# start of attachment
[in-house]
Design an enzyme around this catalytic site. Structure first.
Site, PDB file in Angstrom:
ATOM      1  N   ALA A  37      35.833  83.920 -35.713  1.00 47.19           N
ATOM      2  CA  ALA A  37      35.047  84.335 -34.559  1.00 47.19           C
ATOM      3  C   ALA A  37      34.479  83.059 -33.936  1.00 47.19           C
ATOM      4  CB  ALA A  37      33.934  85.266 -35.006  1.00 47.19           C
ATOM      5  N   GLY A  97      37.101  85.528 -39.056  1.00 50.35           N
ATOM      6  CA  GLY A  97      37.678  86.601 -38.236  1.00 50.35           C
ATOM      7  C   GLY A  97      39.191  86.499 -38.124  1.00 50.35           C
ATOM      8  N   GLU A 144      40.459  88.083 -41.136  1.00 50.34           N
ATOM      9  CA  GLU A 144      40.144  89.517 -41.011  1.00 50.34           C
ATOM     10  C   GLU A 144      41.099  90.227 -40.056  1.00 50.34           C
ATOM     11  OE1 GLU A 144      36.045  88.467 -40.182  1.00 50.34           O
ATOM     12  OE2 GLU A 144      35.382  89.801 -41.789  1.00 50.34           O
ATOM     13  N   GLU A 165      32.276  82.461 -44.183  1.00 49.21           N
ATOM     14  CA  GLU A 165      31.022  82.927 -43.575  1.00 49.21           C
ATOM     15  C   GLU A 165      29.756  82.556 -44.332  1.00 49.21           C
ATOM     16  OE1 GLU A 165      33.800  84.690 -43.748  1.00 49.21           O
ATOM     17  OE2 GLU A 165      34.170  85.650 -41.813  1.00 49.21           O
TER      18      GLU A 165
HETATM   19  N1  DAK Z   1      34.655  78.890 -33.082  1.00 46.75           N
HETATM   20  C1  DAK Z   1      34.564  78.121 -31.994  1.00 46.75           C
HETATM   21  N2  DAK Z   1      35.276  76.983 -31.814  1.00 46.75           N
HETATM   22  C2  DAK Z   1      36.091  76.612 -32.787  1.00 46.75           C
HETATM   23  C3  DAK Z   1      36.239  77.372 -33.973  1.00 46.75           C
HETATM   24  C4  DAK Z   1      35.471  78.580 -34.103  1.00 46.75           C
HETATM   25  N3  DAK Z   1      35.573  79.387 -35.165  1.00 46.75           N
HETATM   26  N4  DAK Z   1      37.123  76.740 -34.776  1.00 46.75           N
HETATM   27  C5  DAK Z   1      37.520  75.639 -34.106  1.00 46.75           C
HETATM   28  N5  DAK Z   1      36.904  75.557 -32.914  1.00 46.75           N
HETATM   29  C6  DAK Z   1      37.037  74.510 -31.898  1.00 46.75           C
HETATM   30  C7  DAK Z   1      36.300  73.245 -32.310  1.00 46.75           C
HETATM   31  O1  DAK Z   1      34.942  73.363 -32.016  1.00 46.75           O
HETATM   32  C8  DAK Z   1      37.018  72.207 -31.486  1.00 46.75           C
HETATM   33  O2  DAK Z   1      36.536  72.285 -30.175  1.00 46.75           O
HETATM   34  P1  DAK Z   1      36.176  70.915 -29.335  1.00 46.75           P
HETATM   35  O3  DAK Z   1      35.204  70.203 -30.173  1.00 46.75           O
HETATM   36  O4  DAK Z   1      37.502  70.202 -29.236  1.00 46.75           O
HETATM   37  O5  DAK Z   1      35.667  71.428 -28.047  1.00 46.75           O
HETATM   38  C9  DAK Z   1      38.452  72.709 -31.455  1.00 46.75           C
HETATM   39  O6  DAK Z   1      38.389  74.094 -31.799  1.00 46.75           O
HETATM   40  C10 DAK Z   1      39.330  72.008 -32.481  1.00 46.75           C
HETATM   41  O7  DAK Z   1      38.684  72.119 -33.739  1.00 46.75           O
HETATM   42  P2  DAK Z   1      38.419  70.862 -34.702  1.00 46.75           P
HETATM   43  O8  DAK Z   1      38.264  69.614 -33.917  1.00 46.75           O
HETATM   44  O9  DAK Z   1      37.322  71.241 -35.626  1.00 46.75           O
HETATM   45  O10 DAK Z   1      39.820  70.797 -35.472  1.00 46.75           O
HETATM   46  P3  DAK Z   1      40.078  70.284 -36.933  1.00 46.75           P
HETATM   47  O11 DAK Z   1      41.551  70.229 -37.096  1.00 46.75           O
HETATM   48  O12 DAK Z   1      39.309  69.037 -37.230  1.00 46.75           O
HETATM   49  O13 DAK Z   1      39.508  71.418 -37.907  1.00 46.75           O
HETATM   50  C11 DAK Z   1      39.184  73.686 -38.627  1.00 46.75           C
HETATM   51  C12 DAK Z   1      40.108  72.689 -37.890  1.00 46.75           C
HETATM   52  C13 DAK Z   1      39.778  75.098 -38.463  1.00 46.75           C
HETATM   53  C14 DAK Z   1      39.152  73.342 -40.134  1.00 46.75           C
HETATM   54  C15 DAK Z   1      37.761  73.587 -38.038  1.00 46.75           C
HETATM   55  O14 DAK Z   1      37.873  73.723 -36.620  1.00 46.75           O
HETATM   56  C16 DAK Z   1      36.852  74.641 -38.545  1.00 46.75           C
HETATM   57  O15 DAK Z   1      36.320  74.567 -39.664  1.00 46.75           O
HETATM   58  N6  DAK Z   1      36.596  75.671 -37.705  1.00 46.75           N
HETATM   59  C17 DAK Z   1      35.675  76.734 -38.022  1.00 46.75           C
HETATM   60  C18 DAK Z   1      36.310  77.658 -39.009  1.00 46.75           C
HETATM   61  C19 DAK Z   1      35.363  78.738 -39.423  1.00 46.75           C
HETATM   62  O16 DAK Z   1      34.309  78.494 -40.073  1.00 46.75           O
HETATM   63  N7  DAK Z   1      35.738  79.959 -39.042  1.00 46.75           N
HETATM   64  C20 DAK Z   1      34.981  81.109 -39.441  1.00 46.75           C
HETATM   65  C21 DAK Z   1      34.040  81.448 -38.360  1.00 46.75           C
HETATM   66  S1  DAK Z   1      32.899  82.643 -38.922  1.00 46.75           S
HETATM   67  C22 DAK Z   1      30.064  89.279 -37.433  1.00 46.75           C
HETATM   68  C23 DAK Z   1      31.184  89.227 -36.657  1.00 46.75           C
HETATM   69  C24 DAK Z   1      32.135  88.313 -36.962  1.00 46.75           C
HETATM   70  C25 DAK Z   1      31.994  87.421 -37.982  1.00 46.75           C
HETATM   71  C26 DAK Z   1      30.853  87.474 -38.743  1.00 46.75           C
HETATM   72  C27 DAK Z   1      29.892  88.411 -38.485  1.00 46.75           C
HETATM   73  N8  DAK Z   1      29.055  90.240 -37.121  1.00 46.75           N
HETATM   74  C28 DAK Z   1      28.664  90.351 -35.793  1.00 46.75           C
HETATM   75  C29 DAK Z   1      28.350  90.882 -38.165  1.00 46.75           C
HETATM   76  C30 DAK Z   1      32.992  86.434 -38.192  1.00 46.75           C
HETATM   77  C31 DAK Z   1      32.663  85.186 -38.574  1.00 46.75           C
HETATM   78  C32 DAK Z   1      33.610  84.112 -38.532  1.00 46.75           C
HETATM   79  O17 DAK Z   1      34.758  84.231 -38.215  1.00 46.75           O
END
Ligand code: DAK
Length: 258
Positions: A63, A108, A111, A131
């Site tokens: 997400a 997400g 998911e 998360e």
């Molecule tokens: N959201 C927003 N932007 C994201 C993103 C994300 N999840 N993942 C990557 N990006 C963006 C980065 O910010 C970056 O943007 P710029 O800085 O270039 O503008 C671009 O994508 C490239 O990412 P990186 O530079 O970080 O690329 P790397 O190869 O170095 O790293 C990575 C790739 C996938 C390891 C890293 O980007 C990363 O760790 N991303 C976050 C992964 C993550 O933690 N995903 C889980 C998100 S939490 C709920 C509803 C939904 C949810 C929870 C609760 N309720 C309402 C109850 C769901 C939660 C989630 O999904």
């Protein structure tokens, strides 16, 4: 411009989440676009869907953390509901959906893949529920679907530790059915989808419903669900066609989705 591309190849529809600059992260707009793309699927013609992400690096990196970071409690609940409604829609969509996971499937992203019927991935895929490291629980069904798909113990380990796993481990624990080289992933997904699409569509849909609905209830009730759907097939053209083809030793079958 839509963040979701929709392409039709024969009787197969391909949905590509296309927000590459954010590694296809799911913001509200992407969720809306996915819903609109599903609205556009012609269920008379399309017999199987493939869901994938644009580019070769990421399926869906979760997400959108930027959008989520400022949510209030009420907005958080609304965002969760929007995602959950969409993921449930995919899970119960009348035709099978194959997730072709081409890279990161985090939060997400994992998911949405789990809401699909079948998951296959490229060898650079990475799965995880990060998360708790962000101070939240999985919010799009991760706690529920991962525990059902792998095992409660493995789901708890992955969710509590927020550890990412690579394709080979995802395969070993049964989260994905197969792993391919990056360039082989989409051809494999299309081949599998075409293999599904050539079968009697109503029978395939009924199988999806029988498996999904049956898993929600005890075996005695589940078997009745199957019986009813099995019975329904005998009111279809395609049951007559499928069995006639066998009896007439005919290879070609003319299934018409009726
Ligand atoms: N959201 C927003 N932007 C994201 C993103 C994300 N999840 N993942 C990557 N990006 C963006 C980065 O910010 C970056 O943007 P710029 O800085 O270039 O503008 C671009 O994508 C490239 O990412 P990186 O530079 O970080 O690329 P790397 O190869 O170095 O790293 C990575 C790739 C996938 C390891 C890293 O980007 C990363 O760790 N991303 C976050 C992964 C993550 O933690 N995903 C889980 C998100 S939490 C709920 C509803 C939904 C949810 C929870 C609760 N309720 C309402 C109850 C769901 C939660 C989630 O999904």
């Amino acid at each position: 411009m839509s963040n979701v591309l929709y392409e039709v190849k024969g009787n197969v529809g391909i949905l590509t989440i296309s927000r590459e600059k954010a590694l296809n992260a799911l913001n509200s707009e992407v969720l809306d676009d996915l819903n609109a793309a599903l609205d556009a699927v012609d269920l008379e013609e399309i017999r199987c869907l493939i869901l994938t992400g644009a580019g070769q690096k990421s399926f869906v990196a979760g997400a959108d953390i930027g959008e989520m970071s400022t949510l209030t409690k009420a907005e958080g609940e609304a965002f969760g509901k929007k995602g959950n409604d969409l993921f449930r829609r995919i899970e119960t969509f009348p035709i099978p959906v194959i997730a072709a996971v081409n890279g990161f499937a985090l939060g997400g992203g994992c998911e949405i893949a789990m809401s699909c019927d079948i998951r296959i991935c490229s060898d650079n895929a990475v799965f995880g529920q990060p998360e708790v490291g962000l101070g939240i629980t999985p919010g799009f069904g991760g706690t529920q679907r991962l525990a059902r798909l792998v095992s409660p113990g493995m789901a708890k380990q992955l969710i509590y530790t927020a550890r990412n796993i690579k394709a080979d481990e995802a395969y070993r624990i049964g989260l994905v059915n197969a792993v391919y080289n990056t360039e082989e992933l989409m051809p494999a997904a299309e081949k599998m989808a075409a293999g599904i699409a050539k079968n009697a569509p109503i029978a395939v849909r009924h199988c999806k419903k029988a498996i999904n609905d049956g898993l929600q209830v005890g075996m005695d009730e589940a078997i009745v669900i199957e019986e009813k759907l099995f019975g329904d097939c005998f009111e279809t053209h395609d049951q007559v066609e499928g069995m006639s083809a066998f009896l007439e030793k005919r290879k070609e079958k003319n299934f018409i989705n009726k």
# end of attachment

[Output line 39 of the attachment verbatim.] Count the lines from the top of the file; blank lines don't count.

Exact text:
HETATM   36  O4  DAK Z   1      37.502  70.202 -29.236  1.00 46.75           O